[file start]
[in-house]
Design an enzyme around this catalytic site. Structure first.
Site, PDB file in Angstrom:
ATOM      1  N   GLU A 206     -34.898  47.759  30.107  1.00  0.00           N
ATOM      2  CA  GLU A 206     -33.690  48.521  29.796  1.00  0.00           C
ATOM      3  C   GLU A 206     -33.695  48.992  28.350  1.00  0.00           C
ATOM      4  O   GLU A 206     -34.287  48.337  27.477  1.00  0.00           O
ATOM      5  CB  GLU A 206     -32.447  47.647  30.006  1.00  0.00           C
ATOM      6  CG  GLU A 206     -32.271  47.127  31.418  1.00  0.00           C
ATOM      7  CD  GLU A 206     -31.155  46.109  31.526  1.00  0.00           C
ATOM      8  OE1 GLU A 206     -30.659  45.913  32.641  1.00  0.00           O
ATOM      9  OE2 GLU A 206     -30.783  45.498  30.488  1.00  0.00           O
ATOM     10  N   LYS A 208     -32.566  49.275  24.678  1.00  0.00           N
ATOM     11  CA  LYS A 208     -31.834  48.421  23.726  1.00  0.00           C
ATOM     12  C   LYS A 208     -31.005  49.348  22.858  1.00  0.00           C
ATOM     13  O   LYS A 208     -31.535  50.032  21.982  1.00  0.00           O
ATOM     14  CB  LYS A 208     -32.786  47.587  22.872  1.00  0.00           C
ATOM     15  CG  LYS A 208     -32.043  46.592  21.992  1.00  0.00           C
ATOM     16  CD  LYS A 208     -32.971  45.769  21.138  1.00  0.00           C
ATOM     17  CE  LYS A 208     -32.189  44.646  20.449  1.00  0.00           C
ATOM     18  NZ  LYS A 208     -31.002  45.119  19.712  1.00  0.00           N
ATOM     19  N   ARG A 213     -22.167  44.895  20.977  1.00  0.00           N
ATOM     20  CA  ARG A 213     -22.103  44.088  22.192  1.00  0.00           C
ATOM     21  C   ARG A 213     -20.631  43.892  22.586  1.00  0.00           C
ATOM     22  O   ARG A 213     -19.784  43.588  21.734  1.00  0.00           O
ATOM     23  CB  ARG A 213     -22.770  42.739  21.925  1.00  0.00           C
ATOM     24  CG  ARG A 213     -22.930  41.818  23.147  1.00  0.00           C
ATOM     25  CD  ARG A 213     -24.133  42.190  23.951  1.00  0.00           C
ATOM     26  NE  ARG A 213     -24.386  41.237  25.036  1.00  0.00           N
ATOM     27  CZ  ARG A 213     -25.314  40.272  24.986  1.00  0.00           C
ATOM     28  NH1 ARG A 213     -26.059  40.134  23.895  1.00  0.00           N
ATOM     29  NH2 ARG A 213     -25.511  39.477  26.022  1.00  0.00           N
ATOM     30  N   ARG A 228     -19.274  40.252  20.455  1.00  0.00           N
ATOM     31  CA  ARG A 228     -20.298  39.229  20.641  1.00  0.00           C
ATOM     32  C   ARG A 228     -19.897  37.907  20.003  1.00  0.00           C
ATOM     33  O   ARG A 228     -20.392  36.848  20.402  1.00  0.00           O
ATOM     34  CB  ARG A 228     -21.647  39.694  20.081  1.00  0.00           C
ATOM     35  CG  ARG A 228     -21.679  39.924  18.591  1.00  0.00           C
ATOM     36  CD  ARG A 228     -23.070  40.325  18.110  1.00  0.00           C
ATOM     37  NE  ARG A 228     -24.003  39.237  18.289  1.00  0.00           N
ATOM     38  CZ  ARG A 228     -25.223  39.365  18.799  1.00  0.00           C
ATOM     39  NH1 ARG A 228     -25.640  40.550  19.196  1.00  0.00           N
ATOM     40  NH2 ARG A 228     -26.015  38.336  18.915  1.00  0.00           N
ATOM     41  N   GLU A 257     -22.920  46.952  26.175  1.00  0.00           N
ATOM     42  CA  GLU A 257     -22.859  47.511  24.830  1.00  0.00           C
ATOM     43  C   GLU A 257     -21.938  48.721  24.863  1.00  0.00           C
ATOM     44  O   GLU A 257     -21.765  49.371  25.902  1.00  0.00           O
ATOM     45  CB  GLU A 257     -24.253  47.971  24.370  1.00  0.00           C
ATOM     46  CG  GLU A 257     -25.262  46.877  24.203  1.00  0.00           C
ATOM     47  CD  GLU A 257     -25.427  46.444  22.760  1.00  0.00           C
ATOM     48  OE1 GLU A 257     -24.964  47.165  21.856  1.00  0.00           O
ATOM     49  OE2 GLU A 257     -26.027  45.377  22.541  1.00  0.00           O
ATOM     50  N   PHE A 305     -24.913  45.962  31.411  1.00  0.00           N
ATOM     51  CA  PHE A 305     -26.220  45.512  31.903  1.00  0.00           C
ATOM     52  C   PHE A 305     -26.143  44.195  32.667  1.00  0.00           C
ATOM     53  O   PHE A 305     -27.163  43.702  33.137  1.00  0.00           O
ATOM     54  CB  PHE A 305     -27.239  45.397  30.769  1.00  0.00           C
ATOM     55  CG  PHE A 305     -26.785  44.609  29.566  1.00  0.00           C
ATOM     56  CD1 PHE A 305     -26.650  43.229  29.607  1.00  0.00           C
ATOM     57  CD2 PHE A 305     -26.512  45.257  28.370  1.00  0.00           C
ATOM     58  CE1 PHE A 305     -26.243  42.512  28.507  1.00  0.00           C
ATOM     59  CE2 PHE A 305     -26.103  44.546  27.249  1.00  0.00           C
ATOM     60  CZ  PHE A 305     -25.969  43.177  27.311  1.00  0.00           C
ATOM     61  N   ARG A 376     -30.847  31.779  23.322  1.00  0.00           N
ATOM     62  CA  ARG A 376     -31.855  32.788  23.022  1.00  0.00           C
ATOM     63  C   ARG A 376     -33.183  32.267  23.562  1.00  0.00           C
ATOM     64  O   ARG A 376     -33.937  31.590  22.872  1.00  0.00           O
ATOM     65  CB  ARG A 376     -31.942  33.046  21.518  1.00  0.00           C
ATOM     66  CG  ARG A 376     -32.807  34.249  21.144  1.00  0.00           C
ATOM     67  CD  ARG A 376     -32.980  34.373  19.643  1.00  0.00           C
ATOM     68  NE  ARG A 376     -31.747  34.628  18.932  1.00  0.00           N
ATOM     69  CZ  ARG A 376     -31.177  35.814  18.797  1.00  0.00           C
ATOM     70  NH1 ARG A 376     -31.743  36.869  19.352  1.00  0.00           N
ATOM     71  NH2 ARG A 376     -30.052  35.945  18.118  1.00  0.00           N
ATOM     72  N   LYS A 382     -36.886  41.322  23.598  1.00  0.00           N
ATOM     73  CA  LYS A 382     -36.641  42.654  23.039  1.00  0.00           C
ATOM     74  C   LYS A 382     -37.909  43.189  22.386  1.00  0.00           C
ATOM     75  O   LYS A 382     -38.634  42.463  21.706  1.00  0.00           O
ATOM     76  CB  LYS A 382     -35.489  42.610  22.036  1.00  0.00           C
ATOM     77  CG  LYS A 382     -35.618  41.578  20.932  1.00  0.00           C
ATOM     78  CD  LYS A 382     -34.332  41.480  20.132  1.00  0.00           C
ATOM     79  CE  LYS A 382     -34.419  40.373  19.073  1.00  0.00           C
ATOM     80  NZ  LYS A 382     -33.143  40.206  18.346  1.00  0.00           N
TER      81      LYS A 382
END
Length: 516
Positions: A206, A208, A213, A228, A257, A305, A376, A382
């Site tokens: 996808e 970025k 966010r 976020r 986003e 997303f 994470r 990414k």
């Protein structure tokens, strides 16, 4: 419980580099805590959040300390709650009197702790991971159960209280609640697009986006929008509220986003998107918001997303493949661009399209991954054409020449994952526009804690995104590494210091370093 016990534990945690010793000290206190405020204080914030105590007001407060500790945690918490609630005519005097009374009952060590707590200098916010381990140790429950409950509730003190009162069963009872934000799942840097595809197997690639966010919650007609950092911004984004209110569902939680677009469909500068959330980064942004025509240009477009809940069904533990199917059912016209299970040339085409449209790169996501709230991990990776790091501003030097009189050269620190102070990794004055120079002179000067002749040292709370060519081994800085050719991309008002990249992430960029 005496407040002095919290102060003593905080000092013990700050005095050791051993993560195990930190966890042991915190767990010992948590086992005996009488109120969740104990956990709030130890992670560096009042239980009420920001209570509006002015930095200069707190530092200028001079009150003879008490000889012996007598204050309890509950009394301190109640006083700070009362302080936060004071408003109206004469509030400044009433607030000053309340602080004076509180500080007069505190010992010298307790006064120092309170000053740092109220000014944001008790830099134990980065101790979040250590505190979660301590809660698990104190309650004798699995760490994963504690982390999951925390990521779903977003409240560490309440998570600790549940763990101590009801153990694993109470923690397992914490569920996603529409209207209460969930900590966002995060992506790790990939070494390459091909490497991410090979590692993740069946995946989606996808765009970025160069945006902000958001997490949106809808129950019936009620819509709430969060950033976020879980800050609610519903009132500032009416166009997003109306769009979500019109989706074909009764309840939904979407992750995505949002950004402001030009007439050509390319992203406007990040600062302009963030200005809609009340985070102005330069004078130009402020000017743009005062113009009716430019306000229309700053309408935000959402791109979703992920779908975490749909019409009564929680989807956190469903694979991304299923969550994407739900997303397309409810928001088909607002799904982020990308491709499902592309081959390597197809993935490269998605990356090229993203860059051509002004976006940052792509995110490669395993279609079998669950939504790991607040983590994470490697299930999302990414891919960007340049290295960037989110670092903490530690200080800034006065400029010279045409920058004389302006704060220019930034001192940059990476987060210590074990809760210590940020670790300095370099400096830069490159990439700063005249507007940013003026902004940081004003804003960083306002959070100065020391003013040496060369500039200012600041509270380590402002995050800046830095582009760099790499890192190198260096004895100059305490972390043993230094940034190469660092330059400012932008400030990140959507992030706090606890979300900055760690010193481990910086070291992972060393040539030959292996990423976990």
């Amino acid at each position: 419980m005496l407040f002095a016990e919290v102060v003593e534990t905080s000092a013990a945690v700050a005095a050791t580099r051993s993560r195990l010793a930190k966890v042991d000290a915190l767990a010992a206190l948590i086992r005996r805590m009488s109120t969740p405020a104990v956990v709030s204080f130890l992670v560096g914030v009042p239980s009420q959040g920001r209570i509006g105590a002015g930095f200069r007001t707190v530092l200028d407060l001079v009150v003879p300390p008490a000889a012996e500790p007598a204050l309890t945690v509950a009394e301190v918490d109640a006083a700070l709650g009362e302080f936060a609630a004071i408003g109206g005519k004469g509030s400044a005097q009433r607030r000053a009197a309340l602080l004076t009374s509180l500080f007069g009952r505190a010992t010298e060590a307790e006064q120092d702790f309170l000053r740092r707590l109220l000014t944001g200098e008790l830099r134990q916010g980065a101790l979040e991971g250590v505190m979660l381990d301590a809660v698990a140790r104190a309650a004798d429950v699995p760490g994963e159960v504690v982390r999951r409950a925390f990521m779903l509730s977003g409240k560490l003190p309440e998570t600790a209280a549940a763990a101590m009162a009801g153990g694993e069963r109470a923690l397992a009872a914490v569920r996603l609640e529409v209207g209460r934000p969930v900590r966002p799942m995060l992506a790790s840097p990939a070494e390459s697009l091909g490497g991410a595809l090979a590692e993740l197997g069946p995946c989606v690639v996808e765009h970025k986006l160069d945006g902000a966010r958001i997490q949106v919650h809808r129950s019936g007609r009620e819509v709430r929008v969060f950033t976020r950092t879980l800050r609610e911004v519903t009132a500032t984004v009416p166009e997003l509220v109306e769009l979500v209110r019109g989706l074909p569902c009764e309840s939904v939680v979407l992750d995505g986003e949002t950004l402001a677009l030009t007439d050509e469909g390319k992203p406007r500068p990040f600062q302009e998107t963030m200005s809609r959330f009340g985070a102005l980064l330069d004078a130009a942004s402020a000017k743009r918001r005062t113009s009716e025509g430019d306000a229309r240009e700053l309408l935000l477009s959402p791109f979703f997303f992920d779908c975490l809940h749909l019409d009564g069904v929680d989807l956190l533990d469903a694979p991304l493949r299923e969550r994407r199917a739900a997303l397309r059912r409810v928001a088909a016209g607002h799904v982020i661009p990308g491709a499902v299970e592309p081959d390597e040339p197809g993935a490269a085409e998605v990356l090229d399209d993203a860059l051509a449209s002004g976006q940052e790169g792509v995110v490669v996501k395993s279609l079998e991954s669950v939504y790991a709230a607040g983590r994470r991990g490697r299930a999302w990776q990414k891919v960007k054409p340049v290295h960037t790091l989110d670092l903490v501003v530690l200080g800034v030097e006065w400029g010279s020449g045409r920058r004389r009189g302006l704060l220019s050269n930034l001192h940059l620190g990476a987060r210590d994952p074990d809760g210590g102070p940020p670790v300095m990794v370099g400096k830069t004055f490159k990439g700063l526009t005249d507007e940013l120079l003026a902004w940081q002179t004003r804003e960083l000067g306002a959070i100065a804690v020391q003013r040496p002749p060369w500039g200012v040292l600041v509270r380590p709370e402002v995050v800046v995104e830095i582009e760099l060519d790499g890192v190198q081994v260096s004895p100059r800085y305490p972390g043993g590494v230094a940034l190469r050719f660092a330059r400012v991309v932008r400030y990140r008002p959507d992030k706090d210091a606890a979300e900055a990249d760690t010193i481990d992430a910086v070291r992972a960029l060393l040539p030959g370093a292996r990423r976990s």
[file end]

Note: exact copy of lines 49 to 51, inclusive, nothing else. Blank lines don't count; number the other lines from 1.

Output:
ATOM     46  CG  GLU A 257     -25.262  46.877  24.203  1.00  0.00           C
ATOM     47  CD  GLU A 257     -25.427  46.444  22.760  1.00  0.00           C
ATOM     48  OE1 GLU A 257     -24.964  47.165  21.856  1.00  0.00           O